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  • IF And Eating Disorders

    I have a question for all of you, especially anyone who has experience with any sort of eating disorder. I had a brief stint during a chaotic time in my life where I would starve myself, eating maybe one meal and one snack over a two or three day period, because I felt empowered to know that when I felt those hunger pangs I could choose to ignore them. In a time where the rest of my life was out of control (parents separating, me being shuffled around between friends and relatives houses all summer, etc etc), it felt good to feel hungry and ignore it.

    Now I'm going primal, and I know now that it's okay and good for your body to skip breakfast if you're not hungry, and do some IF (especially as I'm trying to lose weight). I'm just worried a little that IFing will morph into the same sort of thing as before. Does anyone have advice on how to distinguish healthy IF vs. unhealthy deprivation, or maybe some guidelines (eat at least xxx per day/wk), or a way that YOU eat only what you need and avoid compulsive eating, yet don't slip into undereating? I just really want this to be a healthy and positive experience for me. I can go a full day and only eat one meal and just ignore the times that I'm hungry - I wasn't doing that before switching, but since I'm only a week into primal I wonder if it's less about being a fat burning beast and more about enjoying the control and all that.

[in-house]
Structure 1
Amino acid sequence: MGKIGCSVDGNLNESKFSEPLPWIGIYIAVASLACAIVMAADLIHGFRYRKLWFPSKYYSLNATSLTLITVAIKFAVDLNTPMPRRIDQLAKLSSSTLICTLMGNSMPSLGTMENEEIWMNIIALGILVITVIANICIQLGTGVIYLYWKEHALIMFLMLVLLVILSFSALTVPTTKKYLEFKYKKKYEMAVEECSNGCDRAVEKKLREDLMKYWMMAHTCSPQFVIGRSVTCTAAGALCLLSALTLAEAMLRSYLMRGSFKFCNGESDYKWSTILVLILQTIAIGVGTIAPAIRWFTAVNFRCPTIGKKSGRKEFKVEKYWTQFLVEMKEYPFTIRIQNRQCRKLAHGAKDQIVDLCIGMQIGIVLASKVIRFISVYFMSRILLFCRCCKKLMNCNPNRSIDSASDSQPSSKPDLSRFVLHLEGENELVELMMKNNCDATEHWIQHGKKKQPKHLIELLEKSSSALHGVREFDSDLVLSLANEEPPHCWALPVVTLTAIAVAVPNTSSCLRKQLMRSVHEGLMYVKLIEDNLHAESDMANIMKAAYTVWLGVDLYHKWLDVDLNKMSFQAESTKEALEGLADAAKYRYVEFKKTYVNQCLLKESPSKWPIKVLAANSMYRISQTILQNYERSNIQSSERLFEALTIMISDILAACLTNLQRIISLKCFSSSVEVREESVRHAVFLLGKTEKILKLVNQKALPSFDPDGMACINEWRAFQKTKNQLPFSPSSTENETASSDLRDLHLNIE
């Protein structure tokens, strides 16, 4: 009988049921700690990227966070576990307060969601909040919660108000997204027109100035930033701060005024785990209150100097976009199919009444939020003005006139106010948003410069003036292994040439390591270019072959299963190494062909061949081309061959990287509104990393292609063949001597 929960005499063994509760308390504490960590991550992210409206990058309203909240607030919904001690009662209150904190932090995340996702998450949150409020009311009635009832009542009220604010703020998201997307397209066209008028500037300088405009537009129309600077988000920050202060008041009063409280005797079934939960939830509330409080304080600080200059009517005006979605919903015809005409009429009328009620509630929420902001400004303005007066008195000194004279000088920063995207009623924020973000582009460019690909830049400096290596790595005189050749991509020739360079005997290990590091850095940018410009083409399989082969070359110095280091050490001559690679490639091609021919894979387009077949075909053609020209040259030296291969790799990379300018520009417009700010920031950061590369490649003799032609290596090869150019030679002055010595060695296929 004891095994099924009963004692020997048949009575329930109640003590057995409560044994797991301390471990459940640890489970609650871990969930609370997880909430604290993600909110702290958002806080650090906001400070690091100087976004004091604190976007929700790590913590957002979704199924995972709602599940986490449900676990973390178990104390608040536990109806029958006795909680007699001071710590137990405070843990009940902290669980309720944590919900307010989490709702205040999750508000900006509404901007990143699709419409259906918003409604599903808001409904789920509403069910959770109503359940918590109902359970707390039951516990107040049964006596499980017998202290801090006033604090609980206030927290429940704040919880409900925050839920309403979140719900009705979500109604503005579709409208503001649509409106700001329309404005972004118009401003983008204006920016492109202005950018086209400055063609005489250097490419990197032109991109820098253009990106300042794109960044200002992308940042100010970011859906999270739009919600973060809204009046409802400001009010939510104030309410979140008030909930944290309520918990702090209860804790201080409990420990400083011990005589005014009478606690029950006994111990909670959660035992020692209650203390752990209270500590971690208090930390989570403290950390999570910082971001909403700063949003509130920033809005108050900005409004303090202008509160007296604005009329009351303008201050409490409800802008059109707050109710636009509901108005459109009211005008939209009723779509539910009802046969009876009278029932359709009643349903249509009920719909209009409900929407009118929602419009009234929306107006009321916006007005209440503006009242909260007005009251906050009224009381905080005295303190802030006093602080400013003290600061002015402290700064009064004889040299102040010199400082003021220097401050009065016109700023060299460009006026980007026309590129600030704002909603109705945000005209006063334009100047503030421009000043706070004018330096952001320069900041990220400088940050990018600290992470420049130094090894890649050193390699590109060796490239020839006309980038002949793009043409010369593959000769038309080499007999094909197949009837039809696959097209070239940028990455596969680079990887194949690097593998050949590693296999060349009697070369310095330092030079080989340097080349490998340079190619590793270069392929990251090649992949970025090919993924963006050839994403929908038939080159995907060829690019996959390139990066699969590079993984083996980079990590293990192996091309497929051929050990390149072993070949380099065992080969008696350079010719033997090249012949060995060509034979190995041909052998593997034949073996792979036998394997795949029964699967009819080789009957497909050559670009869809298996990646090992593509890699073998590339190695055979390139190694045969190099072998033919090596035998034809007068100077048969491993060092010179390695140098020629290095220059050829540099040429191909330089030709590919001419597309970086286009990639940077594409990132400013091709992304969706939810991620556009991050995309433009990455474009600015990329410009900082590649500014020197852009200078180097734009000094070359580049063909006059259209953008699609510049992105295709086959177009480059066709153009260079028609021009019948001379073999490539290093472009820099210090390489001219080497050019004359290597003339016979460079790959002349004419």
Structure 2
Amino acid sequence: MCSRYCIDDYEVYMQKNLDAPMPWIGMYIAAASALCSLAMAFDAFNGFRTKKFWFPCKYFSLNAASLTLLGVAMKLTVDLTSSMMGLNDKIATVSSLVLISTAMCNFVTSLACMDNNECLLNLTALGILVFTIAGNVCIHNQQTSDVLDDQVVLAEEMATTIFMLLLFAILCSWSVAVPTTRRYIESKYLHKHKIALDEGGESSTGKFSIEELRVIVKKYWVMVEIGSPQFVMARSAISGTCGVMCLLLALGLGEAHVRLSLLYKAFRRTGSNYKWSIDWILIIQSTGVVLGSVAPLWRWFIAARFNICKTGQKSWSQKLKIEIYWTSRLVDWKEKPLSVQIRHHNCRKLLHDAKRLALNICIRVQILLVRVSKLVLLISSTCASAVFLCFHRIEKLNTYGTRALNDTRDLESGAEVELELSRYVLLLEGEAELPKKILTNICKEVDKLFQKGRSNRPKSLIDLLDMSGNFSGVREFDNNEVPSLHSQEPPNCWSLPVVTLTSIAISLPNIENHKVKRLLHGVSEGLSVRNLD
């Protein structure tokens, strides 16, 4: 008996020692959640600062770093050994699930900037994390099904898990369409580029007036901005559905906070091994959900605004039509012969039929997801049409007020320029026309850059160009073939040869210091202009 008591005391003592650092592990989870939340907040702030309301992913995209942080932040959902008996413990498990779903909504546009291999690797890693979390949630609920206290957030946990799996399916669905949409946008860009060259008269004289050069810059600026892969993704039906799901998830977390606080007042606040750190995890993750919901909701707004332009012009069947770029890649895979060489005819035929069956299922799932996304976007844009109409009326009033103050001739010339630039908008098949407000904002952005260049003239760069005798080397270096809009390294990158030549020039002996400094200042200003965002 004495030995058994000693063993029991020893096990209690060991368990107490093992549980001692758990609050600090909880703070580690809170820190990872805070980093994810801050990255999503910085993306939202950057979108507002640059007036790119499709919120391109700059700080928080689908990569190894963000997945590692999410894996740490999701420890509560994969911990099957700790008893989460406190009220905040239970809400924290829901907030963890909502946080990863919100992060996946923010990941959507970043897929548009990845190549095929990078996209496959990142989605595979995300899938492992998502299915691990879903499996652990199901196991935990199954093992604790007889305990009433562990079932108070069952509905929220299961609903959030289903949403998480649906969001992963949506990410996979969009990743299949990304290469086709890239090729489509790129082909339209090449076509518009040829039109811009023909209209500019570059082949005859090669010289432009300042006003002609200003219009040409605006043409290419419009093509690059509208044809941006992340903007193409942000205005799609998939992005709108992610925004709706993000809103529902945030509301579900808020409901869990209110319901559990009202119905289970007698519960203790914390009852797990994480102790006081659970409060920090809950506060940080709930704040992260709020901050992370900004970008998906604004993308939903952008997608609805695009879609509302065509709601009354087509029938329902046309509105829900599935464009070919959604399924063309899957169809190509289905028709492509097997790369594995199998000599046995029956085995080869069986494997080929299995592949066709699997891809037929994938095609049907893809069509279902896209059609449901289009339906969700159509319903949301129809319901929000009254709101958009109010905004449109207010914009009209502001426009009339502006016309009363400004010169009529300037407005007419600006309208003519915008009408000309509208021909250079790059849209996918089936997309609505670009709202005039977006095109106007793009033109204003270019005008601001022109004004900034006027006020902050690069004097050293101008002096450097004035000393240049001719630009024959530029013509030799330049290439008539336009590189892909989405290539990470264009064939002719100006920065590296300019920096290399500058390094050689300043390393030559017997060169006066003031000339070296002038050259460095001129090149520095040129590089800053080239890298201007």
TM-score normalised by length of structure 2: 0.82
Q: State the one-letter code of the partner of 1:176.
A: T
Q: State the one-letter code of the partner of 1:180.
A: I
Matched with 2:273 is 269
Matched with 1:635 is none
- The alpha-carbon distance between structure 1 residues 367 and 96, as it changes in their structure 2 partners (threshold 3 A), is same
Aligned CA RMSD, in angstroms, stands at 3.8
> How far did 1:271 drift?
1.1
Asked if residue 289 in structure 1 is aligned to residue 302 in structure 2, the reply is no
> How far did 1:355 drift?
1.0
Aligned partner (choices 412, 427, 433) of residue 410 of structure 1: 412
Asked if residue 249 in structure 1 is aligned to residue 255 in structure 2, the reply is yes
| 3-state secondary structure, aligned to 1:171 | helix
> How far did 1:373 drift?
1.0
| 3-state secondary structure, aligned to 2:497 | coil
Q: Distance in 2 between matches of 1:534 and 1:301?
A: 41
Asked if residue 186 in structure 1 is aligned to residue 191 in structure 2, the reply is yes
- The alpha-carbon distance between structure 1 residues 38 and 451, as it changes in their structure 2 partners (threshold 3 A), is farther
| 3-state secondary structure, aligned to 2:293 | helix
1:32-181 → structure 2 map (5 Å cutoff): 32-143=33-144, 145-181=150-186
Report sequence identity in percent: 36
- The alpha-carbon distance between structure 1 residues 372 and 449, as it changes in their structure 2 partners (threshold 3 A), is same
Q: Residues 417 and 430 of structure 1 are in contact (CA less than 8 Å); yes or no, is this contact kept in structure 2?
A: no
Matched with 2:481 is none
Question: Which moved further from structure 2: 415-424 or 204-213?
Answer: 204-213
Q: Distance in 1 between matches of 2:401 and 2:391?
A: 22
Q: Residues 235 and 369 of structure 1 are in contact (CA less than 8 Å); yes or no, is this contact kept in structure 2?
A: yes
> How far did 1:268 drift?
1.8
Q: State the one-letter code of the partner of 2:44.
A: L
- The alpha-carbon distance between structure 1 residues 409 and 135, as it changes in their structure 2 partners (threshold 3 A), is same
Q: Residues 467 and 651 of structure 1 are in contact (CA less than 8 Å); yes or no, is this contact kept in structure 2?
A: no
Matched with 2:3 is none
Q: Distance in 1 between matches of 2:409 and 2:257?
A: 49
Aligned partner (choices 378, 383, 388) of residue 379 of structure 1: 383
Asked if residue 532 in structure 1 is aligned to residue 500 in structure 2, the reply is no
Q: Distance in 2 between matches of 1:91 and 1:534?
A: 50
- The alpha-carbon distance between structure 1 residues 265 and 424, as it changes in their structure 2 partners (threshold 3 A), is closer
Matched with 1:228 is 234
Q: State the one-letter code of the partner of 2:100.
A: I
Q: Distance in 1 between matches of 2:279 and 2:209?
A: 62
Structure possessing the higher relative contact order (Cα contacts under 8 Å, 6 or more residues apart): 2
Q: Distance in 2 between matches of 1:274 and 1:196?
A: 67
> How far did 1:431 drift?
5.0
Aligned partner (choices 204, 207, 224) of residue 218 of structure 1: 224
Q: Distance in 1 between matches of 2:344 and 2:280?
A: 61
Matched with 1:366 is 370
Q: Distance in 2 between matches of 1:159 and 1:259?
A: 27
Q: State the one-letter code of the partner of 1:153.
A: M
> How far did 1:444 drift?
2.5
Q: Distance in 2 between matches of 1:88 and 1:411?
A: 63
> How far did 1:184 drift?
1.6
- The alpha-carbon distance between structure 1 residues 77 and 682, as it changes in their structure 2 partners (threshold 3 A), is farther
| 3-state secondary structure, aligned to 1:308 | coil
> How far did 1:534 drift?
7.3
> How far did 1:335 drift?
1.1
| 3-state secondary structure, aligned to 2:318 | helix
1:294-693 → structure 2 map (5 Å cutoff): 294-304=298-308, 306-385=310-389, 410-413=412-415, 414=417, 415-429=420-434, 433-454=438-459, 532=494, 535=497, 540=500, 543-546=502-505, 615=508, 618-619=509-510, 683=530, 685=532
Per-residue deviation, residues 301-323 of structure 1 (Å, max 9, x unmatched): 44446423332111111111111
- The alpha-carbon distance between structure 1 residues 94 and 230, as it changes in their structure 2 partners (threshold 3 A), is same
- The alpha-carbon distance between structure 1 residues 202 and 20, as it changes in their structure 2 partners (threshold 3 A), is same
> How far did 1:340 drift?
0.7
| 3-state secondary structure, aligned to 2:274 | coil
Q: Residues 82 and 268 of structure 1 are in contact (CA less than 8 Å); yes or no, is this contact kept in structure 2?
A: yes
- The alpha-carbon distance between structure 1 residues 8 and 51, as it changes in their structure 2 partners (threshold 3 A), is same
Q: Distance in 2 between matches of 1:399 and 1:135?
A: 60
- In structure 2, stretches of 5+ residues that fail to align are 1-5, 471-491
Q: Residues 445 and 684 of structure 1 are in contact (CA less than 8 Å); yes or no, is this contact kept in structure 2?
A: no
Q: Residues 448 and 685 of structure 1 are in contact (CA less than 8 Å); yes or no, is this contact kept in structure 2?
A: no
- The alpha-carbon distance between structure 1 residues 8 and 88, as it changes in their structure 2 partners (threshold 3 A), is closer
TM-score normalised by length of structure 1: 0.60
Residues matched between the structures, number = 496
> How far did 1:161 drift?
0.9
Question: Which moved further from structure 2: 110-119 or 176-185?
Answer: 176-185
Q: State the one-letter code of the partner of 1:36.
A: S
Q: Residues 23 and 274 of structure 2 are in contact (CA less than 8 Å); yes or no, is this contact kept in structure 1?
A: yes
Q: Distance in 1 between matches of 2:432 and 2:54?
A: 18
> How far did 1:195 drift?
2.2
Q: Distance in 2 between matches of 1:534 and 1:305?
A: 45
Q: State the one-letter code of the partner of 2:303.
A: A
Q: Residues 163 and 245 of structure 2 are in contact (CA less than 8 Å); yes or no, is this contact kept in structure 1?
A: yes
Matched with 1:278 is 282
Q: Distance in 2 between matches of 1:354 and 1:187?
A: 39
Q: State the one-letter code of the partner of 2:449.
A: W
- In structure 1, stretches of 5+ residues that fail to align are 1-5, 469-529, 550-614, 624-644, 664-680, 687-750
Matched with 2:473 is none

Any tips and experiences would be awesome! Thanks!
    ~Mollie

    Started PB on Monday, June 4. I'm focusing on my health in 2012, including taking natural supplements, zumba and strength training, regular church attendance and studying the Bible, spending time with good friends, and reading more. I want to see what health milestones I can achieve this year!

    Starting body fat - 41%
    Starting weight - 170 lbs
    9/4 body fat - 33%
    9/4 weight - 150 lbs

  • #2
    Not really sure what you're asking. Is it ok/healthy to skip most meals for a couple days at at time, from time to time? Sure. Can it trigger issues with folks who are already susceptible to eating disorder issues? Sure.

    I think this may require the kind of answer only the individual involved can properly provide.

    Comment


    • #3
      Does IF cause binge eating or overeating for you? Because for me it does. I also kind of had an eating disorder.
      I want to start IF'ing but it goes wrong most of the time. The night before I want to skip breakfast I can't handle the idea of skipping breakfast which makes me overeat. So basically I now tell myself that I will try to skip breakfast but if I can't then so be it. This takes the stress away and makes everything so much easier